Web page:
Steppenwolf is Hesse’s most surrealistic novel. With its cast of dreamlike characters, its Magic Theater, and its nightmarish imagery, it comes closer than any of his other works to re-creating the fevered intensity of the lost soul adrift in time and space, ensnared in its own smothering web. The only way back is the mystical process of depersonalization. Harry Haller, the main character, is a man in deep despair because he doubts his ideals and his vocation. Life has become senseless; he longs for new values. Haller first has to learn to accept himself wholly, then to perceive life as a game, and finally to expand his soul to include the whole world in its totality.
On the surface, a bourgeois world is a world of sanity. Haller looks about him at the comfortable routine of domestic existence, and although he feels nostalgia for it, he can no longer accept it. Thus when he sees a sign that says “Magic Theater; Entrance Not for Everybody; For Madmen Only,” he tries to enter, because only madmen can make any sense out of a bourgeois world. Until Haller reads the pamphlet entitled “Treatise on the Steppenwolf,” he has always thought of himself as a double personality: man and wolf, the civilized human being and the freedom-loving outlaw. So great is this inner tension that Haller has often been on the point of taking his life and indeed is able to keep living only because he plans to commit suicide on his fiftieth birthday.
After reading the treatise, however, Haller realizes that he is wrong in supposing that he is a twofold person. All people, he learns, have manifold personalities, and the common notion that each person is a single ego is false. The road to enlightenment is to surrender the idea of a central ego and to expand the soul until it includes nothing less than everything. To achieve this enlightenment, one must experience certain symbolic rites of passage that will remove one from the clutches of the bourgeois.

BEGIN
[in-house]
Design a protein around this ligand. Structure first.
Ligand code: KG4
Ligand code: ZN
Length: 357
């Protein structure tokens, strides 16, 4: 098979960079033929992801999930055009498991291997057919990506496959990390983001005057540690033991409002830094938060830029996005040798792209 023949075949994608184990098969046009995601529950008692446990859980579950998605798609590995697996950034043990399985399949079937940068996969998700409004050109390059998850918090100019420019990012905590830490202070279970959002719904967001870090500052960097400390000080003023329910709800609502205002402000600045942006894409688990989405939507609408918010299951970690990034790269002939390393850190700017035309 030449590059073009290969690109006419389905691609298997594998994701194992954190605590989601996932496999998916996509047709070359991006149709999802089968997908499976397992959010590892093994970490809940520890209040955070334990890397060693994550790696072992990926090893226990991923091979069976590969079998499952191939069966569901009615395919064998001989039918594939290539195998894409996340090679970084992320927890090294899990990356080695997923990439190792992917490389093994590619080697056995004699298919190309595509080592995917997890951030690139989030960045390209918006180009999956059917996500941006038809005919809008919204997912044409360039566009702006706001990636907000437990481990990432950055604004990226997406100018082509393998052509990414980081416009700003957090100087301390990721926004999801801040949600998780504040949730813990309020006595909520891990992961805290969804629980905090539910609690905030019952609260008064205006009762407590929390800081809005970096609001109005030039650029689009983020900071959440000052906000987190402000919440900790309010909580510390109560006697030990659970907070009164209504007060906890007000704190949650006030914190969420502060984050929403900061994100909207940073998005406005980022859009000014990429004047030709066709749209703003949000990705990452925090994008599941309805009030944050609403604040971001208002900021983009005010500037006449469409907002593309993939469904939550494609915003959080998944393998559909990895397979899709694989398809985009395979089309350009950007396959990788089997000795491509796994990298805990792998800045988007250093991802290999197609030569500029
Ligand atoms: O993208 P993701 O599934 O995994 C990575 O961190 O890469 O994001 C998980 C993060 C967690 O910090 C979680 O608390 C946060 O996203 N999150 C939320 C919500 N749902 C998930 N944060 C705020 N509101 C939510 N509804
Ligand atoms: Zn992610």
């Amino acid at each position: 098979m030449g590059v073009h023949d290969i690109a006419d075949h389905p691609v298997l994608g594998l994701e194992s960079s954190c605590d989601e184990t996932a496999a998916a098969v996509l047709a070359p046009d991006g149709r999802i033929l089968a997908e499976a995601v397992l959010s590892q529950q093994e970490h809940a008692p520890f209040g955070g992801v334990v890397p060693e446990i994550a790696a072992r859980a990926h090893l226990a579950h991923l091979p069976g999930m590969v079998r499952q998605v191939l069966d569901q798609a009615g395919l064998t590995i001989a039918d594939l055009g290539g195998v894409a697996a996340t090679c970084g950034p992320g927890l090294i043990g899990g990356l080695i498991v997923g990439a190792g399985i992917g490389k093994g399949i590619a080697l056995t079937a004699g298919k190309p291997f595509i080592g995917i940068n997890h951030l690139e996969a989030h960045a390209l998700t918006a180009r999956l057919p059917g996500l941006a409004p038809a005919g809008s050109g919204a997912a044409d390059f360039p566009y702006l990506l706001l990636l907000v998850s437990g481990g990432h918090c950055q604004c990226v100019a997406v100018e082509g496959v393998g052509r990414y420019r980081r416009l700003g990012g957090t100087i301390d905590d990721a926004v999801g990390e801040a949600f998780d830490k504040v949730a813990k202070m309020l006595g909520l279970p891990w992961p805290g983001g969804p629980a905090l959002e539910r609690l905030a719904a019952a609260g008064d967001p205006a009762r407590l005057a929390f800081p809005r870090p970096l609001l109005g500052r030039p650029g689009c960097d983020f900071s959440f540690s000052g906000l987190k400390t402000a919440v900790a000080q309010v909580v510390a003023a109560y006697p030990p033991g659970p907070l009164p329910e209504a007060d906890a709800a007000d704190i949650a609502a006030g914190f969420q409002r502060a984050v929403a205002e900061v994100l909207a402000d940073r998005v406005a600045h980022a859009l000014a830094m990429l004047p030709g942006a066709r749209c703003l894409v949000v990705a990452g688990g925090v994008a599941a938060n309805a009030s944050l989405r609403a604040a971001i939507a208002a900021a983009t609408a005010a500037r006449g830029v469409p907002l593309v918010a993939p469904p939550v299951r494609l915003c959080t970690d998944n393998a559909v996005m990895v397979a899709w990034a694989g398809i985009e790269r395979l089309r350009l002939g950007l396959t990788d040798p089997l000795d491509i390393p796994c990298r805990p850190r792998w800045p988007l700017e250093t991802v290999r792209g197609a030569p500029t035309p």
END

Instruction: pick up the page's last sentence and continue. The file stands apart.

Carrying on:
Haller has such an experience when he encounters a professor of comparative folklore with whom he once studied and accepts an invitation to dine with him and his wife. During the meal, Haller is forced to behave courteously and exchange social lies with his host and hostess. When the professor, a right-wing nationalist, ridicules a newspaper article denouncing the kaiser, however, Haller declares angrily that he is the author of the article and cares nothing for the professor, his scholarship, or his politics. Calling himself a schizophrenic who is no longer fit for human society, Haller storms out, relieved; the lone wolf in him has triumphed over the bourgeois.
Haller then meets Maria, who becomes his mistress, and Pablo, a handsome young musician with extensive experience in sex and drugs. One evening Pablo invites Haller to his quarters for a little entertainment—“for madmen only,” he explains—the ticket of admission being one of Pablo’s drugs. When Haller has succumbed to the influence of the drugs, Pablo holds up a small mirror in which Haller sees himself in a double vision, as a man whose features blend with those of a shy, beautiful, dazed wolf with smoldering, frightened eyes. Next Pablo leads him into a theater corridor where there is a full-length mirror. Standing before it, Haller sees himself in a hundred forms: as child, adolescent, mature man, both happy and sad, dressed and naked. One form, an elegant young man, embraces Pablo.
Turning from the mirror, Haller walks down the corridor, off of which are dozens of doors, each offering the fulfillment of a thwarted or unrecognized aspect of Haller’s personality. Haller goes through a sequence of bizarre experiences climaxing in the symbolic murder of Hermine and culminating in his appearance before a dozen robed judges who, instead of sentencing him to death as he expects, condemn him to “eternal life.” Then all but Haller laugh. He is left feeling that he still has much to learn about how to live but promises himself that he will...
(The entire section is 4,178 words.)